Skip to main content


Showing posts from 2003

Marc Chagall at SFMOMA

Bay Area residents have the enviable position of living in close proximity to the San Francisco Museum of Modern Art, the only US venue of the Marc Chagall retrospective. The exhibition features 153 paintings and works on paper created by the artist from 1907 to 1970 and will run through November 4th. It provides a comprehensive and rare look at the unique oeuvres of this Russian-born painter. Chagall had a long artistic career during which he was exposed to various art movements but he maintained an independent stance.  While in Paris as an art student, Chagall neither aligned himself with the Cubists nor with the Suprematists from Russia. He later declined to join the Surrealist group in 1924 when he returned to France. What is evident in the SF-MOMA retrospective is that while Chagall borrowed from various artistic styles, he created a highly personal and distinctive body of works. The exhibition is divided into four artistic periods from 1910 to 1983. The Russian years from 1910 -

The Big Chill

We’re standing on the open deck of the cruise ship staring intently at Margerie Glacier, a few hundred feet in front of us. With cameras ready, my fellow passengers and I are waiting to see the glacier calve and hopefully catch it on film. By now we know what to watch out for. After seeing a few, our ears have become attuned to the “sumdum”, the Tlingit (klink-it) word for the booming sound when ice calves and crashes into the water below.  Calve  is the word for ice breaking from the face of the glacier. Only two hundred years ago, Glacier Bay as we know it now, did not exist. The explorer, Capt. George Vancouver had observed in 1794 that ice measuring 4000 ft. thick and 20 miles wide covered the area and extended 100 miles to the St. Elias Mountain Range. In 1879, the naturalist, John Muir, noted that the ice had retreated some 48 miles. Today, we can see how the glacier has receded since then as we cruised all the way into Tarr inlet, about as far north as we could travel and some 6

To be in Ashland

The Elizabethan Stage, Ashland* The road to Ashland on Highway 5 is long but rewarding. The flat and uneventful terrain leads to cool, Alpine country of the Cascade range.  Mount Shasta at 14,161 ft. dominates the surrounding area with its powerful presence. It’s snowcapped summit is often shrouded by clouds. Lake Shasta, which meanders between steep hillsides and a basalt covered shoreline, is one of many lakes and rivers in this region. The solitary Black Butte dome is hard to miss as you drive up to Ashland. It rises like an Egyptian pyramid with its near perfect silhouette Ashland is a small university town with a rich cultural life. It’s Main Street is a temptation of delights and treats with art galleries, restaurants, cafés, boutiques and bookshops that invite visitors to browse and linger. Lithia Park is a 100-acre oasis smack in the center of town. Angus Bowmer, a teacher from Southern Oregon Normal School (now Southern Oregon University), had the idea to present Shakespearean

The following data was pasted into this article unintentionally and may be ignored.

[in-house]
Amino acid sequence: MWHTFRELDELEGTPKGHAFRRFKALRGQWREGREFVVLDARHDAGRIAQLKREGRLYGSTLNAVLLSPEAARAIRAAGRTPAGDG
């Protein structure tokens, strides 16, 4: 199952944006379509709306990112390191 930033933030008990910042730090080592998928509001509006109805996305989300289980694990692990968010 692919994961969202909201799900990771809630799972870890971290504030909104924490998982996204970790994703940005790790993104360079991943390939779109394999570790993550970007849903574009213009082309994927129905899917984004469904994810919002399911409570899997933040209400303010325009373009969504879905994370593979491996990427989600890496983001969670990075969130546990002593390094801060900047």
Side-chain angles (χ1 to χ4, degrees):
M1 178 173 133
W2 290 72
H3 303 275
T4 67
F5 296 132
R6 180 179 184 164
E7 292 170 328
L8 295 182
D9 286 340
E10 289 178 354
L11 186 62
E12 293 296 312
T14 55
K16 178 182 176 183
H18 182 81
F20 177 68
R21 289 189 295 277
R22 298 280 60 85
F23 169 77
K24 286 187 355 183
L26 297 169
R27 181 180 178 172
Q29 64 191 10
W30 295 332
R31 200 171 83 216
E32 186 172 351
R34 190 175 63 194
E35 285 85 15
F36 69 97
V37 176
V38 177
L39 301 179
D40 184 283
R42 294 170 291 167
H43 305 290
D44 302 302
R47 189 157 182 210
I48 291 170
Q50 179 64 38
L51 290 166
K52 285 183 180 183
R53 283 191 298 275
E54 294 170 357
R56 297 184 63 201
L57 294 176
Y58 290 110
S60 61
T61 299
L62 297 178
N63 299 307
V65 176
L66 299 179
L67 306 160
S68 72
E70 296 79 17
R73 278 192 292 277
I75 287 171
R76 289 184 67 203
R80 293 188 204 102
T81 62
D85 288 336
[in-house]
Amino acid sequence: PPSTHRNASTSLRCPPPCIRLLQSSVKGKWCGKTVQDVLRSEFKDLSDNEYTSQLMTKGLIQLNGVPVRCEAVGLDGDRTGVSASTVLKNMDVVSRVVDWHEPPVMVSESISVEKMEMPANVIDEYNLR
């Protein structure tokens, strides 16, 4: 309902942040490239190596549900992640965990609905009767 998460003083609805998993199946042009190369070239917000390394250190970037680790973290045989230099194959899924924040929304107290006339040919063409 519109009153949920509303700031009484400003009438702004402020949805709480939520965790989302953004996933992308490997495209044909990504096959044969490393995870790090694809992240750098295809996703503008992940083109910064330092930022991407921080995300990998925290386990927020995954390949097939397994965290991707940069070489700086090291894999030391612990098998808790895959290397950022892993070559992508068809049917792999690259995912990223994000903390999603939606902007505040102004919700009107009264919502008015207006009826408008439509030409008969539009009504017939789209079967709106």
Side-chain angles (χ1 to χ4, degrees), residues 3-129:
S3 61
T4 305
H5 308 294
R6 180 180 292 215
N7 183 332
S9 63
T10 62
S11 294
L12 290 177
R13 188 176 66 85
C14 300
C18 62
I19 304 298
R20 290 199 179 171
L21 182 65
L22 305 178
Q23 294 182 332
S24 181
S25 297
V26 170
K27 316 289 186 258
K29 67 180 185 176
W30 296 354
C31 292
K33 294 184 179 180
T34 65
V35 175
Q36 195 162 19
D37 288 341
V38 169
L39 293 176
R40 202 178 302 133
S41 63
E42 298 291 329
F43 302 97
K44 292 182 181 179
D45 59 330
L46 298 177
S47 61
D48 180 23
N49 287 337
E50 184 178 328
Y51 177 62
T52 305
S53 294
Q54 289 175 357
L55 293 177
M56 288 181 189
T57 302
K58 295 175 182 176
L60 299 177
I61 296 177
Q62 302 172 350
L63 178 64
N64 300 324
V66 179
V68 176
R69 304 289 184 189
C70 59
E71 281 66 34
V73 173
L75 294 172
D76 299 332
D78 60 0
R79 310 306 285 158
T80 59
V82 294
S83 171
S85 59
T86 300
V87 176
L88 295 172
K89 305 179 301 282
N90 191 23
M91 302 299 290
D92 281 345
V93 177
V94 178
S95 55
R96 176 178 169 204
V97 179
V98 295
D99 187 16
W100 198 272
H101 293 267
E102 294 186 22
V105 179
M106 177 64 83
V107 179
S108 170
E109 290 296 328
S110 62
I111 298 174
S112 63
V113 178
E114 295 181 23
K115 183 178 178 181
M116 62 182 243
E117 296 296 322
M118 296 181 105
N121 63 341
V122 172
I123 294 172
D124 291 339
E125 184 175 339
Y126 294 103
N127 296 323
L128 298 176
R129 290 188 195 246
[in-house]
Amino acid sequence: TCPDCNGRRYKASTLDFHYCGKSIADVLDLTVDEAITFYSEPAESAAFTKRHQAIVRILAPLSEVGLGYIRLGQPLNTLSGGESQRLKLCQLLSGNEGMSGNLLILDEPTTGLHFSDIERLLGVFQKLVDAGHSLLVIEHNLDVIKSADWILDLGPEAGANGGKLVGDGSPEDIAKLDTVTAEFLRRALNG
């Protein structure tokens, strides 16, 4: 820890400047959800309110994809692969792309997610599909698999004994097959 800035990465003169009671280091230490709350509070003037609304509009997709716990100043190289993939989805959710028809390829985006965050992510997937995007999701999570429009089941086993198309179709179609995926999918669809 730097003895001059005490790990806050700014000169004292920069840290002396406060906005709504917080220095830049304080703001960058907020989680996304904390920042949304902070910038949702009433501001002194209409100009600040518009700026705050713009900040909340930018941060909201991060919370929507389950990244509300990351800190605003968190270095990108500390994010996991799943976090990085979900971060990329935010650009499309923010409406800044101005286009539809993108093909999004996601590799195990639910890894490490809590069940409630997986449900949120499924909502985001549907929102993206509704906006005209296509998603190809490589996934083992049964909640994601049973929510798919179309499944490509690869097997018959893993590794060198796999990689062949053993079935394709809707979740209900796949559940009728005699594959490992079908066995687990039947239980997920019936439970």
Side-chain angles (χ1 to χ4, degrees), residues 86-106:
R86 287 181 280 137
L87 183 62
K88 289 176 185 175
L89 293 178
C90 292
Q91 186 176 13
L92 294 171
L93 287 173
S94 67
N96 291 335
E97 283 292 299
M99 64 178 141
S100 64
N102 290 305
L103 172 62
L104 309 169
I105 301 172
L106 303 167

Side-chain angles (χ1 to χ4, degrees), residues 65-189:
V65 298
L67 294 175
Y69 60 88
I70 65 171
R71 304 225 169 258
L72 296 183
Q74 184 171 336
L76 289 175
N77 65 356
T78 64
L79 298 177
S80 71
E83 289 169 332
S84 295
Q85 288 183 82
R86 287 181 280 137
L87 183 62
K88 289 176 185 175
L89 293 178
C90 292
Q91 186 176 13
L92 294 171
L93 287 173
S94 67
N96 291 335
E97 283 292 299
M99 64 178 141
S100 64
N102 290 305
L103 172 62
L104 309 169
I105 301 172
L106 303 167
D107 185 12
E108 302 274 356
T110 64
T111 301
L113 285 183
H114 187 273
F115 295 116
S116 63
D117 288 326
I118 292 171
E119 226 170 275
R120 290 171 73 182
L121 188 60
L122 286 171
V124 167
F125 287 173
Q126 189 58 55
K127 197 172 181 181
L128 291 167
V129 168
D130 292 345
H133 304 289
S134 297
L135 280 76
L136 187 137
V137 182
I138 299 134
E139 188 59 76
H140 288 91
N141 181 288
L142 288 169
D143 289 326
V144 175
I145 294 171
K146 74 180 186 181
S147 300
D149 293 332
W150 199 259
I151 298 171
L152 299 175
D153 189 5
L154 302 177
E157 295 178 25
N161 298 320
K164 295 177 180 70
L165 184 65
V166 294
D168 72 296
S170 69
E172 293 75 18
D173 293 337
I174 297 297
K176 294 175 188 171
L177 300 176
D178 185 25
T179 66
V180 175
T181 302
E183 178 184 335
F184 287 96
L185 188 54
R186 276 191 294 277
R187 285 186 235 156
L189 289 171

Into the Grand Canyon

It took millions of years to form the 227-mile long Grand Canyon, yet visitors to the site have only a few  hours to experience this handiwork of nature that can only be described in superlatives. Most visitors head to the South Rim and some go the extra distance to the North Rim when it is open from mid-May to mid-October.  Fewer still head to the West Rim, which sits at the tail end of the Canyon on the  Hualapai Indian Reservation, a short ride from Las Vegas through the 900-year old Joshua Forest. The Joshua tree is so called because its branches are outstretched like the arms of the prophet Joshua  as he pointed his people to the Promised Land. It is part of the yucca brevifolia family and has sword-shaped  leaves and may bear a white or greenish flower that looks like an enlarged cone. Rainfall in February produced low-lying yellow and pink desert flowers, giving color to the parched landscape.  And like a mirage, we spotted three wild mustangs, one of them a dazzling white.

Hola! Puerto Rico

Calle Sol, from an original watercolor by Barbara Z. Pecce Puerto Rico is indeed rico . It is an island endowed with lush landscacpe, warm climate, friendly people and flavorful cuisine. Visitors can't wait to finish unpacking so they can bask in the sun at one of many fine beaches. Or swim and snorkel in Atlantic waters or in the calm Caribbean Sea. For those who prefer hiking, the tropical rainforest of El Yunque has numerous trails to explore. One challenging path leads to Pico El Toro. At 3,523 ft., this is the highest peak in the forest. An easy walking trail allows visitors to experience the gifts of the rainforest. About 240 species of tropical trees grow here including the y agruma . Unlike other trees, the yagruma can be male or female. What distinguishes one from the other is the silver coloring of the female leaf on its underside. The male genus maintains a singular color. The forest receives some billions of gallons of rainfall a year collected into streams, natural poo